Wonders of Australia – Day Sixteen – Saturday 24 October 2015
Weather – Sunny, mid/high teens
A late start to the morning meant I woke long before my alarm went off. It seems Mt. Wellington has its own tablecloth.
I had had the front desk check on my Port Arthur with Salamanca Market day tour with Gray Line and found that I wasn’t on their list for pick-up, so they arranged to send out a van for me. Since it was Saturday, the Port Arthur optional included a visit to the Salamanca Market and for some reason they expected me to show up for the Port Arthur tour from there. This is why it’s good to check. Avoids confusion.
The pick-up got me at 8:30 and rather than take me around to other hotels, they dropped me right at the market so that I got to check it out before it got really busy. The pickup for Port Arthur wasn’t until 11:15 so I had two and a half hours at the market.
The Gray Line van shows up and I hop aboard. We had to wait as a Polish couple’s backpacks were retrieved from the office. They had left it on the morning transfer thinking they were taking the same bus to Port Arthur. (Always a good idea to ask the bus driver before leaving anything behind!)
There’s only about a dozen of us going and we’re in a smaller van. Our driver is Sue and she’s a hoot. Once we’re all aboard, she fiddles with her mic, gets it on and looks at us, saying, “who wants fries with that?”
As we go over the bridge she gives us the story of the collapse and then points to Mt. Wellington. It was originally named Table Mountain but in 1832 was renamed in honour of the Duke of Wellington who had defeated Napolean at Waterloo in 1815. At 1269m, it’s not the highest mountain in Tasmania. It is number forty-nine. The highest is Mt. Ossa at just over sixteen hundred metres.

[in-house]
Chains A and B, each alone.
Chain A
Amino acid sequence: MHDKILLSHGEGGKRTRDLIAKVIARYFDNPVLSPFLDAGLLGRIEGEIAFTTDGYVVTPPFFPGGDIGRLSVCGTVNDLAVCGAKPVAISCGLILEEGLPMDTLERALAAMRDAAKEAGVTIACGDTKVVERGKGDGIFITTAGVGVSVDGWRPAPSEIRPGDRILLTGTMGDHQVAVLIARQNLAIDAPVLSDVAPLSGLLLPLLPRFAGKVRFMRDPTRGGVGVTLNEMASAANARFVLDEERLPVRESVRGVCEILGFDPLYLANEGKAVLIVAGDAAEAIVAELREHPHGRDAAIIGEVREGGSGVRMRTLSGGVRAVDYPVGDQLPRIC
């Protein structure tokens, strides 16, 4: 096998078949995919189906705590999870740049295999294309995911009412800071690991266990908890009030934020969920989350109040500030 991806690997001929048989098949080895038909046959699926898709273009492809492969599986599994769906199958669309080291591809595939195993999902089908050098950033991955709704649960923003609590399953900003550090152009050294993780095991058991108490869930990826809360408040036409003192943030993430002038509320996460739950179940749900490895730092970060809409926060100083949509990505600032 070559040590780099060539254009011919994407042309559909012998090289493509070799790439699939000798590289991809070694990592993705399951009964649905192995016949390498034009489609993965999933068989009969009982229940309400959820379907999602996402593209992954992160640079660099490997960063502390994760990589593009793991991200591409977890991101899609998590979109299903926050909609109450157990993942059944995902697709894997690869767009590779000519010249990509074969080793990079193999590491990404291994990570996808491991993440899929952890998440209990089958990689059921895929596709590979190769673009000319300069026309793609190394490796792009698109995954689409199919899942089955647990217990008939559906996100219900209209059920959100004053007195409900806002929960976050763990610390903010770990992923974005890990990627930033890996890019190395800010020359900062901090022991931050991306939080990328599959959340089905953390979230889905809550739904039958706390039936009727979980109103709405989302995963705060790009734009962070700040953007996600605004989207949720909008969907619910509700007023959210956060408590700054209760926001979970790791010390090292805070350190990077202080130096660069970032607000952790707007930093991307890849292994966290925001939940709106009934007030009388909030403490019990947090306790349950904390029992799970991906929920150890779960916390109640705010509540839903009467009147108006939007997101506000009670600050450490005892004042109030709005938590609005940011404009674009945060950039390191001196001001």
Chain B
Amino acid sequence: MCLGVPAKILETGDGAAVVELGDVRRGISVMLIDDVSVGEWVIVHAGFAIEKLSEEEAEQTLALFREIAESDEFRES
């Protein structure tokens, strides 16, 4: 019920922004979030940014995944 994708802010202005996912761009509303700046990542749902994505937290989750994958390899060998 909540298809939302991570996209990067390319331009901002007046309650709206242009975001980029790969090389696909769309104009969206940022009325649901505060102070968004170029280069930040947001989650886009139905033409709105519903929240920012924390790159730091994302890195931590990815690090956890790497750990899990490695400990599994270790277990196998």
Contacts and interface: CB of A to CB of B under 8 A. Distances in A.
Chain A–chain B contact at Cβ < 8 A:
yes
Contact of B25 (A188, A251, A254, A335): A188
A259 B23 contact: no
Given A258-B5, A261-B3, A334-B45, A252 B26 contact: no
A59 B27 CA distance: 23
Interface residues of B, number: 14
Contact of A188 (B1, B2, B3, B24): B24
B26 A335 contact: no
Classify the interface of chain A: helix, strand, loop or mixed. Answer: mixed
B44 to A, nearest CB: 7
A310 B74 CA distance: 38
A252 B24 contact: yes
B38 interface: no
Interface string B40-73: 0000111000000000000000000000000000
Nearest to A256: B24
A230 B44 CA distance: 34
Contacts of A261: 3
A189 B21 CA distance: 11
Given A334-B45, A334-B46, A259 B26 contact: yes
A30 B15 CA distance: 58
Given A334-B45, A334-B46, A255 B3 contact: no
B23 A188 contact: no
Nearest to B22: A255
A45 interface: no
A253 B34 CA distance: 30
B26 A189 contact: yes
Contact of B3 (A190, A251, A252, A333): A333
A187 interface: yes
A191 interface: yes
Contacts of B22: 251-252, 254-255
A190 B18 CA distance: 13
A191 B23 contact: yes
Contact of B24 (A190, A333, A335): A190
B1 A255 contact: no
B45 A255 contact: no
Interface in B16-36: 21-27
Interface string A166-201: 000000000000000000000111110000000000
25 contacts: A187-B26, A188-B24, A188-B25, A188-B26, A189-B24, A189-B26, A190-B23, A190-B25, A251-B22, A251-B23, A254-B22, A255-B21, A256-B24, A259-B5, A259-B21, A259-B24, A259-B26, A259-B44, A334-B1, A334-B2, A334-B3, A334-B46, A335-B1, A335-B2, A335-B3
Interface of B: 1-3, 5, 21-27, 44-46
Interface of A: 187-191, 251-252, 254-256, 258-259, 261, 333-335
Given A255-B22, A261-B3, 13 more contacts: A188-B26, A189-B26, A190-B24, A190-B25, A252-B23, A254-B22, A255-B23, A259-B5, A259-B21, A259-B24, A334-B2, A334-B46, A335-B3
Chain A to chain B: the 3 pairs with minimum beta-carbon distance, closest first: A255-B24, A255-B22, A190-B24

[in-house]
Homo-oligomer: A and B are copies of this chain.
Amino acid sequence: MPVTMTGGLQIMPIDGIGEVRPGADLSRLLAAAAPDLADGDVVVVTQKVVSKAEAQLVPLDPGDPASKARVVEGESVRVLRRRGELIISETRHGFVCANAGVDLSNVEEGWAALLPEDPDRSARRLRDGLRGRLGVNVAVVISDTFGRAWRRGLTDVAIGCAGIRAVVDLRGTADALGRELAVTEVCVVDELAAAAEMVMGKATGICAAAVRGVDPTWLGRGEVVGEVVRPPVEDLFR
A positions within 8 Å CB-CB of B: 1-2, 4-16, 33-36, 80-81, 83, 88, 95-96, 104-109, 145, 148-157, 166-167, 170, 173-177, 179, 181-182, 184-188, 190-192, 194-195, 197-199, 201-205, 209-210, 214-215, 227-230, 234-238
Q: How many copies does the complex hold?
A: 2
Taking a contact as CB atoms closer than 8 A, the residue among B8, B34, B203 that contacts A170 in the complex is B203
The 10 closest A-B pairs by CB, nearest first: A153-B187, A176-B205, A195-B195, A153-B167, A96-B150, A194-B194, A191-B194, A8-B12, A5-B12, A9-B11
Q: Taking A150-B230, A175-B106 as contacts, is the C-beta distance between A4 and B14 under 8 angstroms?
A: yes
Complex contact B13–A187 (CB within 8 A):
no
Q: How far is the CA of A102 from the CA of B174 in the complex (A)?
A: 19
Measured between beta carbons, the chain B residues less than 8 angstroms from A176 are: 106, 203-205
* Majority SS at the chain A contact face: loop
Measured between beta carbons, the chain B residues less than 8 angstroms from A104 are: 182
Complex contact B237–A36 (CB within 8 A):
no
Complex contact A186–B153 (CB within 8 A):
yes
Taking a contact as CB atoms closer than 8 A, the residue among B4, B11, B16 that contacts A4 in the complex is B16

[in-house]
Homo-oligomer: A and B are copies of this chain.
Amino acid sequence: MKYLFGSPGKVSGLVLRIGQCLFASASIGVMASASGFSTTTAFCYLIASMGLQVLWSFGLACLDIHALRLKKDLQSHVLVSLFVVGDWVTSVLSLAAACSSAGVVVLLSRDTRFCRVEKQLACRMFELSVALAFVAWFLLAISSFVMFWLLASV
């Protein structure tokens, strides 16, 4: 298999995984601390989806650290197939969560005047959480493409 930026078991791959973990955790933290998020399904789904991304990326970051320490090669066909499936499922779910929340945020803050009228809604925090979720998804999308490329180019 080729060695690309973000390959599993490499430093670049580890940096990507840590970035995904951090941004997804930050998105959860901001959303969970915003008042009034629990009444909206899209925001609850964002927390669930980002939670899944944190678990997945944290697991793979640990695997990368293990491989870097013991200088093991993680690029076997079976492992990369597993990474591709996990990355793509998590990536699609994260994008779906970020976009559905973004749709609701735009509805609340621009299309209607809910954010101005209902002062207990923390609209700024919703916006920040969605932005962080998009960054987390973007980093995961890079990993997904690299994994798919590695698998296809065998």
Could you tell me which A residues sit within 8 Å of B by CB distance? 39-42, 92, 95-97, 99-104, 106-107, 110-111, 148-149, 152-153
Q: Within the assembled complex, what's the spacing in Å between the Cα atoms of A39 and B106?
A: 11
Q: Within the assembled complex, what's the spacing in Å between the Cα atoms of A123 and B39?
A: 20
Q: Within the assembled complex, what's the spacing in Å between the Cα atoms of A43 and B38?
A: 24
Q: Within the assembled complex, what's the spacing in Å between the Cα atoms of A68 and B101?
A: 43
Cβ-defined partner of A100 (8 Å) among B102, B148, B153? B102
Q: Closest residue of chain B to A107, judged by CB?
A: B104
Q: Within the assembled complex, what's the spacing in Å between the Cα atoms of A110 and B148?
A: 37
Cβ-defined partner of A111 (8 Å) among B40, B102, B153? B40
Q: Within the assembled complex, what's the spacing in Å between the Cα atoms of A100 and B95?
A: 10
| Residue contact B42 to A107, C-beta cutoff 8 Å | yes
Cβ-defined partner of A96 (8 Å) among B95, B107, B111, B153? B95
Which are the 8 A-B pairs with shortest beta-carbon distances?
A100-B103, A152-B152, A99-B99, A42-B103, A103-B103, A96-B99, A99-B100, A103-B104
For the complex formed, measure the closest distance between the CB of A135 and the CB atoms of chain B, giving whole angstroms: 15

We pass the airport and drive through the rolling hills towards the Tasman Peninsula. We pass through Dunnally which was the site of a bush fire in 2012 and with the only road out of the town cut off, the residents were forced to evacuate to the beaches. People as far away as Hobart just left work, got in their boats and saved the people stranded on the beach.
We cross over a causeway to Forestier Peninsula. This causeway is the point at which they can restrict the movement of the Tasmanian Devils between the mainland and the peninsulas. This is important as the devils that live on the peninsula are free of a facial tumour disease that affects the devils in the rest of Tasmania.